In 2012, there were 1.6 billion cell phones manufactured. These 16 billions phones were packed with arsenic, lead, and polybrominated flame retardants. Today there are even more cell phones being manufactured, and they’re threatening the health of the earth. (more…)
Recommerce, in theory, is a wonderful concept. By offering buyback opportunities for customers looking to get rid of old smartphones, you take advantage of a market opportunity while also engaging in environmental responsibility. Meanwhile, selling those devices allows you to enter emerging markets at little cost. (more…)
According to a 2014 Aberdeen Group study, the average manufacturer will spend 9% to 15% of total revenue on returns. The study also found that those organizations which are the top performers in utilizing reverse logistics are 74% more likely to have established marketing and channels for refurbished or recycled parts to drive revenues. In industries ranging from cell phones to carpets, a growing number of manufacturers are now utilizing reverse supply chains as an essential part of their business. For these organizations, there is not only a cost benefit, but also an environmental benefit.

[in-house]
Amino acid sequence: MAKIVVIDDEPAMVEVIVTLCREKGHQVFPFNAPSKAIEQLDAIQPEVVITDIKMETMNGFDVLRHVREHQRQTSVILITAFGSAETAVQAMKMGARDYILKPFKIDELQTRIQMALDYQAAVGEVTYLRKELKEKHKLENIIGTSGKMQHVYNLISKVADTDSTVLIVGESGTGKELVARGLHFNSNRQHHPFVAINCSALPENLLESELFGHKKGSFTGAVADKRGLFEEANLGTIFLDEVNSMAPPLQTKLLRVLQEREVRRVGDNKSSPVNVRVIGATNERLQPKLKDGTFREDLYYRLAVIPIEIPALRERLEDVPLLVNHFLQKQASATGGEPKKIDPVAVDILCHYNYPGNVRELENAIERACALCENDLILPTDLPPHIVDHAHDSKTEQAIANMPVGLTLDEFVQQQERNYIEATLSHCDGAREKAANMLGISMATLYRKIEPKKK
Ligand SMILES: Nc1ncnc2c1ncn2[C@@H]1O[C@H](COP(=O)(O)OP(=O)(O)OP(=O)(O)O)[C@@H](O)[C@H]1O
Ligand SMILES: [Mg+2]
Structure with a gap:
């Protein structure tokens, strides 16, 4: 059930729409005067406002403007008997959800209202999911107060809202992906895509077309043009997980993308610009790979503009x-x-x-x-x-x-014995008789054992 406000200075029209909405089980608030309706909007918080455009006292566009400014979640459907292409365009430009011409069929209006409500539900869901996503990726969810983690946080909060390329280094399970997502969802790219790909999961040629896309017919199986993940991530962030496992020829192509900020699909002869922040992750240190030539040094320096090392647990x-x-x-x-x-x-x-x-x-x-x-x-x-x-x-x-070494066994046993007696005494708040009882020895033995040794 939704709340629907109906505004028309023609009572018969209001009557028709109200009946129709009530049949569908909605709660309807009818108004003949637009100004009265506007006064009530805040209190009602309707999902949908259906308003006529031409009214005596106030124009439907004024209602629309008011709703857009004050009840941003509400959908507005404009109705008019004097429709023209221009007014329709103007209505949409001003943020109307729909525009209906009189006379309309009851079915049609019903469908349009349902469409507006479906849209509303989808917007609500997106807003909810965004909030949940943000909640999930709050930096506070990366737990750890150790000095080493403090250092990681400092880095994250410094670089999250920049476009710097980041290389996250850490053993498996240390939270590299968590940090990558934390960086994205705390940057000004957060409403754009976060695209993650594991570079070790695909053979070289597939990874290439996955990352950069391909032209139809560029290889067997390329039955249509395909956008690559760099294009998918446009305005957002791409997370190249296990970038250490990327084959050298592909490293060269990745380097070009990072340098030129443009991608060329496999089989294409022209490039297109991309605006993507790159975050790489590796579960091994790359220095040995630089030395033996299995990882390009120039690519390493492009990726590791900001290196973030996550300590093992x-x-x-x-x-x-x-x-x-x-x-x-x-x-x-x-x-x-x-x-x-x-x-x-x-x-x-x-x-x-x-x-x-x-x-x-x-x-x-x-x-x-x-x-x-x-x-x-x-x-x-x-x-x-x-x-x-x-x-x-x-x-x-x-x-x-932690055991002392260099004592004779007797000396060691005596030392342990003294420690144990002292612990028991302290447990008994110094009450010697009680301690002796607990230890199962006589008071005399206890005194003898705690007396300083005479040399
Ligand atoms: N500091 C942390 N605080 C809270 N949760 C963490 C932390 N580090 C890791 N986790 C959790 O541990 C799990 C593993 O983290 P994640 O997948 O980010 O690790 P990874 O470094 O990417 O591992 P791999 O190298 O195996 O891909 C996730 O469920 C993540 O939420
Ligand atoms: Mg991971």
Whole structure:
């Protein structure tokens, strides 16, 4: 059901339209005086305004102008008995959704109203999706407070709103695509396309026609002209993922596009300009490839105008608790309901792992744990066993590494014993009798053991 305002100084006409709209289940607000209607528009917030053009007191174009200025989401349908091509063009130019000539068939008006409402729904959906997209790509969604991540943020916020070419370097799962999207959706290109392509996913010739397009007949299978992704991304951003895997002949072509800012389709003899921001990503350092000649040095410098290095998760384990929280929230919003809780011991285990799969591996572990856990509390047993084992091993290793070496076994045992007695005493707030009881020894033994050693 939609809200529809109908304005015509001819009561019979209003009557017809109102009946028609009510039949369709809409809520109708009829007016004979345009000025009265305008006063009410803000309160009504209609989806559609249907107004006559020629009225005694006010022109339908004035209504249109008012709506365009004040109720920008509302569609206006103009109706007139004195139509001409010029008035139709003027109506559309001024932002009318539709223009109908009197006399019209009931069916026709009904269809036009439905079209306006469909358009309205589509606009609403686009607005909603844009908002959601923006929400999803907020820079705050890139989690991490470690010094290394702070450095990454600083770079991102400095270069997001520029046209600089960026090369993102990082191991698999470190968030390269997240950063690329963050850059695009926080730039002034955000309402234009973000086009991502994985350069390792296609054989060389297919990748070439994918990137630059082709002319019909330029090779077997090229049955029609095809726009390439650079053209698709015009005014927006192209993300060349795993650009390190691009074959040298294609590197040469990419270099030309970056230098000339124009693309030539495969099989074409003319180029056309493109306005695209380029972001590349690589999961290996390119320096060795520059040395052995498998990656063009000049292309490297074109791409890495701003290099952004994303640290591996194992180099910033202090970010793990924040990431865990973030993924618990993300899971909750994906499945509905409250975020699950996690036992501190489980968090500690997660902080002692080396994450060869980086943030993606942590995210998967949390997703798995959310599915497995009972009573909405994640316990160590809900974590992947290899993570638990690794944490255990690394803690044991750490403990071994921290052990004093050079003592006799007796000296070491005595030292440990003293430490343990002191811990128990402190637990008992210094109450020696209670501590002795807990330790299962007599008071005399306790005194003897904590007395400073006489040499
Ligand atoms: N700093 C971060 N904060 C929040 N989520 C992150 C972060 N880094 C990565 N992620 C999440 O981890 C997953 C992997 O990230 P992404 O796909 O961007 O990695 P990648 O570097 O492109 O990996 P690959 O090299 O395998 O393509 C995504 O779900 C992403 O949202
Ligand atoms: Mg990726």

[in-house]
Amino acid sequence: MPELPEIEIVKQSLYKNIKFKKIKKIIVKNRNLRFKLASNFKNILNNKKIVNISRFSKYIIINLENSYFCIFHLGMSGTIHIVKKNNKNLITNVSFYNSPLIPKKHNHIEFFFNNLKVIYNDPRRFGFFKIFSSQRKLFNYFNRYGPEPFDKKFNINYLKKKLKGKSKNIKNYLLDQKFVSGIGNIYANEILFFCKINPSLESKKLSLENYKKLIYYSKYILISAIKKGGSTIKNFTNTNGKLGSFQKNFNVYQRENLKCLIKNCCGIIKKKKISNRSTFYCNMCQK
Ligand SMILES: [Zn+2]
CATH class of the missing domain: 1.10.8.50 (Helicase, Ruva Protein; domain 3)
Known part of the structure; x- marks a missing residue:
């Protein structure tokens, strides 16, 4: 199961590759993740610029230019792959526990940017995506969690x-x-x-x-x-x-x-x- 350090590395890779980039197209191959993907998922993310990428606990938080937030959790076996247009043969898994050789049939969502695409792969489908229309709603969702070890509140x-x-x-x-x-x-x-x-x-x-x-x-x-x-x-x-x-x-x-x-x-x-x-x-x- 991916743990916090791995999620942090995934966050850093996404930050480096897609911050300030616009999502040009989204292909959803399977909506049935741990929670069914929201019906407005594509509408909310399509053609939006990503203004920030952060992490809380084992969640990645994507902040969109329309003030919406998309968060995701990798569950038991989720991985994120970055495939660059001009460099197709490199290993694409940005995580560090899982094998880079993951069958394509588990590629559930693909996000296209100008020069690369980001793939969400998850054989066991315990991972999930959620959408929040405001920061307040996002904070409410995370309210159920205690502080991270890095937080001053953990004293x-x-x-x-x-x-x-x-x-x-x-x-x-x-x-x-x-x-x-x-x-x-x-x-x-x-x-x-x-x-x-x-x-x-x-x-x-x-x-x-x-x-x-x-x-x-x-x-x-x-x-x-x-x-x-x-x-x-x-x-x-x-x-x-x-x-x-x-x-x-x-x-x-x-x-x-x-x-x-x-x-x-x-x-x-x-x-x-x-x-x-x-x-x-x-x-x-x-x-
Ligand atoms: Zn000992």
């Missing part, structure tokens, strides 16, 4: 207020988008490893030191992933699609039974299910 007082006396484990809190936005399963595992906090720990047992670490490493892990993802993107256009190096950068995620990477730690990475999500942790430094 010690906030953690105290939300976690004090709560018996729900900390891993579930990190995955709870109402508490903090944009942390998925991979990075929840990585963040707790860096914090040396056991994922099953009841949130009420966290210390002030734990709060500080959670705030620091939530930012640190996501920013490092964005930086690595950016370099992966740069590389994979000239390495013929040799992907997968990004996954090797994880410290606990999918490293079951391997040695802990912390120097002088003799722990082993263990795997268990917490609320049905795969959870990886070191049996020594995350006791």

The consumer electronics industry is a booming business all over the world, and nowhere is this more apparant than in the United States. Smartphones, tablets, and other mobile devices have become the must-have status symbols of a new generation of technology-hungry consumers. However, these products have short life cycles and consumers are often quick to jump at the opportunity to upgrade. But unwanted consumer electronics are not worthless–in fact, there’s a fortune to be made from them by using reverse logistics tactics.
Reverse logistics is fast becoming the hottest trend in the business world. The popularity of the field is reflected in the fact that universities have picked up on it. Undergraduate and graduate programs are available at the American Military University and the affiliated American Public University. University programs in logistics place a special emphasis on this new aspect—and with good reason.
The supply chain. We’ve all heard the phrase, but what does it mean exactly? A supply chain is most often thought of as the process of moving goods from the manufacturer to the retailer and then on to consumers. In the consumer electronics market, as with other industries, this involves the processes of creating, packaging, storing, transporting and ultimately selling the product.